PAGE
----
Okay, so then I found out the difference between being "let go" and being "fired." When you are "let go", and you apply for another job, the people at the place you were "let go" from say nice things about you. My next job was at Kmart.

This is not the worst job, just not as good as I expected. I quit looking for jobs that I thought would be fun and just said I want to work. I got hired. Great. We need someone in the layaway department.

Before that day, I did not even know what layaway was. My parents had never used it. I had never used it. I think the whole thing is a bad idea and bad for the economy and should be done away with. But that's another story. Never mind. I had a job. I was a little annoyed that I couldn't wear jeans to work, because those were usually the only pants that I could find that fit. I learned that buying XL pants in the little girls department usually worked, and usually cost less money than the same thing in the juniors department. Great. On to the next problem.

Despite the fact that I worked about twelve feet away from a door to an office that had three managers in it, the managers never came out of that door when I asked for one. There was a manager standing at the front of the store, and if you called on the loudspeaker that you needed one, that one would eventually walk all the way to the back of the store to find out what you needed, after a bunch of other people stopped him along the way to get help with their own problems. Sometimes this took half an hour. Never did a manager open that door to help me. Never. Once in a while I would grab one on his way back from the men's room, but that was it. They never answered the page if they were in the office. So not only was I at the back of the store and felt cut off from everyone else, being twelve feet from the office did not get me anything helpful. It didn't help me get a timely lunch break either.

There were things that you would just assume, but then they wouldn't happen. So I got into the habit of asking about dumb things. But even after I would ask about them, something would still go wrong. Someone called in sick, and I was asked to work a double. I had already taken my lunch break, so I asked to make sure I was going to get another break. I wanted the extra money, but I didn't want it bad enough to skip dinner. The manager said of course I would get another break, so I agreed to stay. I waited what I thought was a reasonable amount of time, and then I asked about this other break that I had been promised. They said something about I had already had lunch, so I could only take fifteen minutes. But I didn't agree to that. I specifically asked about that before I agreed to stay. But nothing I said persuaded them to give me the hour break so that I could go somewhere and eat or even half a hour to get something from the snack bar they used to have in the store. And I really don't understand why they refused. Even if I hadn't asked about it first, even if they were totally surprised that I expected to be allowed to eat dinner, what was the big deal? If they had gotten someone else to come in on their day off, or if the person who called in sick had come to work as scheduled, someone would have been assigned to give that person a dinner break. What was the big deal about having someone assigned to give me that same dinner break?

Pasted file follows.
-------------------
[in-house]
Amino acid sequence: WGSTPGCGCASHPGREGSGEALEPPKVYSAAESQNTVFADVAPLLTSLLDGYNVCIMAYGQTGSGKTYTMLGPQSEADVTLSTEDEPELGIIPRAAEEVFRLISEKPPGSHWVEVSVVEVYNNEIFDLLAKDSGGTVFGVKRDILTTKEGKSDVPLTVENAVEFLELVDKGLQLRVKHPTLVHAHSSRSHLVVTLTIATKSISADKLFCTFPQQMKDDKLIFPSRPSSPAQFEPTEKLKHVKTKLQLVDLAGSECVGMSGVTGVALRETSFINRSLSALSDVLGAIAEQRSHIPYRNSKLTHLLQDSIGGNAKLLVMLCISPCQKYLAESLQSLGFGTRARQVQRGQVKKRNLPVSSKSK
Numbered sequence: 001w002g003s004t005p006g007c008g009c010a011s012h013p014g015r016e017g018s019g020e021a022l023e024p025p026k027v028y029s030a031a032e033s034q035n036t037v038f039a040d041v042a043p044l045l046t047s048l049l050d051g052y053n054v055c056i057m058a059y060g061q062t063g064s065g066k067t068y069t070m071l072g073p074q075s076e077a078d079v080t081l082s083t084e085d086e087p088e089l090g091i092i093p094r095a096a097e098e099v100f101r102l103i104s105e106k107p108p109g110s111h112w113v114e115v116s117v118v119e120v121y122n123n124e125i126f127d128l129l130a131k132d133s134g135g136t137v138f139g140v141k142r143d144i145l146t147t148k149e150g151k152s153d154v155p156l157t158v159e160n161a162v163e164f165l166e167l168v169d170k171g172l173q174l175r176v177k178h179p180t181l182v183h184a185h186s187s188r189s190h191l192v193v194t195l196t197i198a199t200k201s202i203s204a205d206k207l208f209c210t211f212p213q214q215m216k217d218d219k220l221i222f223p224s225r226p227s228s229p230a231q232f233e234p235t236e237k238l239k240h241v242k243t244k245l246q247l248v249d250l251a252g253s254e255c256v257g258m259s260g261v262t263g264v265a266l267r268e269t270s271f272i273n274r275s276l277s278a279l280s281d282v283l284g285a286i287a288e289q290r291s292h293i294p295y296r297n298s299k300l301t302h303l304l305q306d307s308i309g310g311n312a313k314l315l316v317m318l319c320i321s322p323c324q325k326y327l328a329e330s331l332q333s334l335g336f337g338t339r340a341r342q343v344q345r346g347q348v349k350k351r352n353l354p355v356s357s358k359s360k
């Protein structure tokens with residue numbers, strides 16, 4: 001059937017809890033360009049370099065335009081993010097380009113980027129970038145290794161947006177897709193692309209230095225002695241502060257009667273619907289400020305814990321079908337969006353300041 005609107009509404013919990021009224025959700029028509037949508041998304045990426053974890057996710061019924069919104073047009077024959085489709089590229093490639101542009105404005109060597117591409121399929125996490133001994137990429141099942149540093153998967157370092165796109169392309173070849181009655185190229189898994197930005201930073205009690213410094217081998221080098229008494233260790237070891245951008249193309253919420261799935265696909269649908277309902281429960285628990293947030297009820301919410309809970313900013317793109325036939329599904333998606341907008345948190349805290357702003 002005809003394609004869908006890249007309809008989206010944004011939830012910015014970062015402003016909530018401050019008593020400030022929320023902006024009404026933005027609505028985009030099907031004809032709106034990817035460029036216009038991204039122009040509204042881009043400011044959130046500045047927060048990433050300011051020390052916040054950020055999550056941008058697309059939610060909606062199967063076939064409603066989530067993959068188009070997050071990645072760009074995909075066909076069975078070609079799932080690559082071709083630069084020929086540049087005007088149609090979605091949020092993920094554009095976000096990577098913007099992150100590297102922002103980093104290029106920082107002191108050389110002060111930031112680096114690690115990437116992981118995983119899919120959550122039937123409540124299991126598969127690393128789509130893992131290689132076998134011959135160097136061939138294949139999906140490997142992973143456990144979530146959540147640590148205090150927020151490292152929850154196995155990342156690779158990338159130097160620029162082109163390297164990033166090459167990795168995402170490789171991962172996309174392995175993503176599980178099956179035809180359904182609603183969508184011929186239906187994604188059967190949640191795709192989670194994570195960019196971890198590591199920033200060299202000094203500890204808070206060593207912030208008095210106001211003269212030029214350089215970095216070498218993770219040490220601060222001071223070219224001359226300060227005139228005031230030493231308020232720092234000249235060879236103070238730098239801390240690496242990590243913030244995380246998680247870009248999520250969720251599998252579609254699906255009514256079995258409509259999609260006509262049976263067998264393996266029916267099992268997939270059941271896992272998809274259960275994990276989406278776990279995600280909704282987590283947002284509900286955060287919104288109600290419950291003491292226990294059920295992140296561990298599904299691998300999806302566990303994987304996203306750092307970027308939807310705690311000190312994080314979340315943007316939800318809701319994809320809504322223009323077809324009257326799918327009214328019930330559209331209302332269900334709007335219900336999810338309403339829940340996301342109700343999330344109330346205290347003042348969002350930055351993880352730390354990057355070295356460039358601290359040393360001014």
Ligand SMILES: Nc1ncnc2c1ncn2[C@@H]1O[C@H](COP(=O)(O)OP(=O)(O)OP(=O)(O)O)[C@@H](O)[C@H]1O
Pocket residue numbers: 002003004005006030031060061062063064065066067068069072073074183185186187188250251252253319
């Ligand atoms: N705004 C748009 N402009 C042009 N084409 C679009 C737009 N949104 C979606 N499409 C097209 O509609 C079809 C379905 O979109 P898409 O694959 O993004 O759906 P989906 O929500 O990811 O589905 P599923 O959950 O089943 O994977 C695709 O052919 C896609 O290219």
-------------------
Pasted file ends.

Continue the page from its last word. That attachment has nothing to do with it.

Other odd things happened. A month or so into the job, I'd be told that something else was part of my job. It was part of someone else's job last week, why is it suddenly part of my job now? Oh, it was always part of your job, but we didn't have time for you to learn it last week. But you have to do this from now on. And I'd never know if that was true or if they were just trying to get out of doing it themselves. And once they had me go through the entire layaway to look for this little piece of paper. If someone had told me it was important at the time, I would have held on to it, but they didn't, so I didn't, so now it's gone. Get over it. No, you have to go find that little piece of paper. That's a really dumb idea. There are thousands of packages in the layaway department, and you can't just go through all of them looking for a two inch long piece of paper. I just went upstairs for a moment, thinking I'd look in the obvious places just to say that I tried, and then if that wasn't enough for them I'd tell them what they could do with their piece of paper. But I got lucky and actually found the thing. So it was a couple of months before I quit.